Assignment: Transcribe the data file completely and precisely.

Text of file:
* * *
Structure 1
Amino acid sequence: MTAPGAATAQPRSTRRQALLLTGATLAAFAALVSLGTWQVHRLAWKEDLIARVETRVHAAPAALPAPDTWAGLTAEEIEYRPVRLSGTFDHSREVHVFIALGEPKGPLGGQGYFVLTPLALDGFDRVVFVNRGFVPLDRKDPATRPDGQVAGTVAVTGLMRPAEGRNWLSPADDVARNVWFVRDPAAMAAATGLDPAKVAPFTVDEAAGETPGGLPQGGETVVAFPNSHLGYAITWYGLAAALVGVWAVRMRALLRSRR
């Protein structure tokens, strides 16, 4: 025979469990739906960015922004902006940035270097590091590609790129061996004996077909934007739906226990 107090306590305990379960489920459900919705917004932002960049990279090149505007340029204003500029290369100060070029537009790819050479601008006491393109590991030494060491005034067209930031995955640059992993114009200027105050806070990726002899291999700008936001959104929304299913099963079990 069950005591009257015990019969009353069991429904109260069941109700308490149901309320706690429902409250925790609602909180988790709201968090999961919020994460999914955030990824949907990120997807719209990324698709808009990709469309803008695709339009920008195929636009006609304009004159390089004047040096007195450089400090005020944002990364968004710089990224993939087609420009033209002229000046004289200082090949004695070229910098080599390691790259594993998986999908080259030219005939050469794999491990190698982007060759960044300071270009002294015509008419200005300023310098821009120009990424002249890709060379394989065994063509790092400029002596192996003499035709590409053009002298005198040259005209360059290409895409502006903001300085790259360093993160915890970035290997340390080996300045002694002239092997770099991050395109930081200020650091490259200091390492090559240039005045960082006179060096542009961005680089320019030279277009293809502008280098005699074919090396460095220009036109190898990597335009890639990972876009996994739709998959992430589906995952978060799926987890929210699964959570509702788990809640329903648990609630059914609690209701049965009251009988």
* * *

Structure 1
Amino acid sequence: MTAPGAATAQPRSTRRQALLLTGATLAAFAALVSLGTWQVHRLAWKEDLIARVETRVHAAPAALPAPDTWAGLTAEEIEYRPVRLSGTFDHSREVHVFIALGEPKGPLGGQGYFVLTPLALDGFDRVVFVNRGFVPLDRKDPATRPDGQVAGTVAVTGLMRPAEGRNWLSPADDVARNVWFVRDPAAMAAATGLDPAKVAPFTVDEAAGETPGGLPQGGETVVAFPNSHLGYAITWYGLAAALVGVWAVRMRALLRSRR
């Protein structure tokens, strides 16, 4: 025979469990739906960015922004902006940035270097590091590609790129061996004996077909934007739906226990 107090306590305990379960489920459900919705917004932002960049990279090149505007340029204003500029290369100060070029537009790819050479601008006491393109590991030494060491005034067209930031995955640059992993114009200027105050806070990726002899291999700008936001959104929304299913099963079990 069950005591009257015990019969009353069991429904109260069941109700308490149901309320706690429902409250925790609602909180988790709201968090999961919020994460999914955030990824949907990120997807719209990324698709808009990709469309803008695709339009920008195929636009006609304009004159390089004047040096007195450089400090005020944002990364968004710089990224993939087609420009033209002229000046004289200082090949004695070229910098080599390691790259594993998986999908080259030219005939050469794999491990190698982007060759960044300071270009002294015509008419200005300023310098821009120009990424002249890709060379394989065994063509790092400029002596192996003499035709590409053009002298005198040259005209360059290409895409502006903001300085790259360093993160915890970035290997340390080996300045002694002239092997770099991050395109930081200020650091490259200091390492090559240039005045960082006179060096542009961005680089320019030279277009293809502008280098005699074919090396460095220009036109190898990597335009890639990972876009996994739709998959992430589906995952978060799926987890929210699964959570509702788990809640329903648990609630059914609690209701049965009251009988």